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Torquato Tasso
Jerusalem Delivered
page 139

"Unless thyself, thyself heaven's joys envy,
And thy vain sorrow thee of bliss deprive,
Live, know I love thee, that I nill deny,
As angels, men: as saints may wights on live:"
This said, of zeal and love forth of her eye
An hundred glorious beams bright shining drive,
Amid which rays herself she closed from sigh,
And with new joy, new comfort left her knight.

Thus comforted he waked, and men discreet
In surgery to cure his wounds were sought,
Meanwhile of his dear love the relics sweet,
As best he could, to grave with pomp he brought:
Her tomb was not of varied Spartan greet,
Nor yet by cunning hand of Scopas wrought,
But built of polished stone, and thereon laid
The lively shape and portrait of the maid.

With sacred burning lamps in order long
And mournful pomp the corpse was brought to ground
Her arms upon a leafless pine were hung,
The hearse, with cypress; arms, with laurel crowned:
Next day the prince, whose love and courage strong
Drew forth his limbs, weak, feeble, and unsound,
To visit went, with care and reverence meet,
The buried ashes of his mistress sweet:

Before her new-made tomb at last arrived,
The woful prison of his living sprite,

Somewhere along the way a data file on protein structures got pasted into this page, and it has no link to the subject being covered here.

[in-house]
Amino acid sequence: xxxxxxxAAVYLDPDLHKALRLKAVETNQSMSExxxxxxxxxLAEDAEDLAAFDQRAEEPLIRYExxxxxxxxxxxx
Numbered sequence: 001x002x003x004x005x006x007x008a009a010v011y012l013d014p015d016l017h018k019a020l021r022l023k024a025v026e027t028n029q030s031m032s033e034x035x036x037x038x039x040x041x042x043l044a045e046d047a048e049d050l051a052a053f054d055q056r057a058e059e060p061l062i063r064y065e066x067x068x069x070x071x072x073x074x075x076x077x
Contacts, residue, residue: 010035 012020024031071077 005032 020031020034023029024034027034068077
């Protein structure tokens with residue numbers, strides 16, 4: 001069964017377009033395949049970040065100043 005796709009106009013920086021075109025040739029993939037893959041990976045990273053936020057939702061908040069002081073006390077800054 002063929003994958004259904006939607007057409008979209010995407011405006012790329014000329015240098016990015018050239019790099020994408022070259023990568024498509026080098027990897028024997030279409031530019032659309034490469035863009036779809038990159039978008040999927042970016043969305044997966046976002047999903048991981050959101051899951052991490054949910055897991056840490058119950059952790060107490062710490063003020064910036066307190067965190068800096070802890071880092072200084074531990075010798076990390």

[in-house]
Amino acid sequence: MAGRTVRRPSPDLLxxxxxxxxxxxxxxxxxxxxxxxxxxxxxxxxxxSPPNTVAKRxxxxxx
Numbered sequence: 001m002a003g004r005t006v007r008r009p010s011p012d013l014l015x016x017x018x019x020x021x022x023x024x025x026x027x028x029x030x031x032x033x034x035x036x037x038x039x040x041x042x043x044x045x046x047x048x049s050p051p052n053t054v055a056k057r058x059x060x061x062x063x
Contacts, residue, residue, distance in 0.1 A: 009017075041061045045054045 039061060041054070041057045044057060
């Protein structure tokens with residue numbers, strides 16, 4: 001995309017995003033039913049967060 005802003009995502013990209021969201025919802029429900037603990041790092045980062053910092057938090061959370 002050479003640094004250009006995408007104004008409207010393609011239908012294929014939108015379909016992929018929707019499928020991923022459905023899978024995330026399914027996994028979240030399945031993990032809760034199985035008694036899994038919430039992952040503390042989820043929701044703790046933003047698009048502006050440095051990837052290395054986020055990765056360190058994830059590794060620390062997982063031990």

Pale, cold, sad, comfortless, of sense deprived,
Upon the marble gray he fixed his sight,
Two streams of tears were from his eyes derived:
Thus with a sad "Alas!" began the knight,
"0 marble dear on my dear mistress placed!
My flames within, without my tears thou hast.

"Not of dead bones art thou the mournful grave,
But of quick love the fortress and the hold,
Still in my heart thy wonted brands I have
More bitter far, alas! but not more cold;
Receive these sighs, these kisses sweet receive,
In liquid drops of melting tears enrolled,
And give them to that body pure and chaste,
Which in thy bosom cold entombed thou hast.

"For if her happy soul her eye doth bend
On that sweet body which it lately dressed,
My love, thy pity cannot her offend,
Anger and wrath is not in angels blessed,
She pardon will the trespass of her friend,
That hope relieves me with these griefs oppressed,
This hand she knows hath only sinned, not I,
Who living loved her, and for love now die:

"And loving will I die, oh happy day
Whene'er it chanceth! but oh far more blessed
If as about thy polished sides I stray,
My bones within thy hollow grave might rest,
Together should in heaven our spirits stay,
Together should our bodies lie in chest;
So happy death should join what life doth sever,
0 Death, 0 Life! sweet both, both blessed ever."

Meanwhile the news in that besieged town
Of this mishap was whispered here and there,
Forthwith it spread, and for too true was known,
Her woful loss was talked everywhere,
Mingled with cries and plaints to heaven upthrown,
As if the city's self new taken were
With conquering foes, or as if flame and fire,
Nor house, nor church, nor street had left entire.

But all men's eyes were on Arsetes bent,
His sighs were deep, his looks full of despair,
Out of his woful eyes no tear there went,

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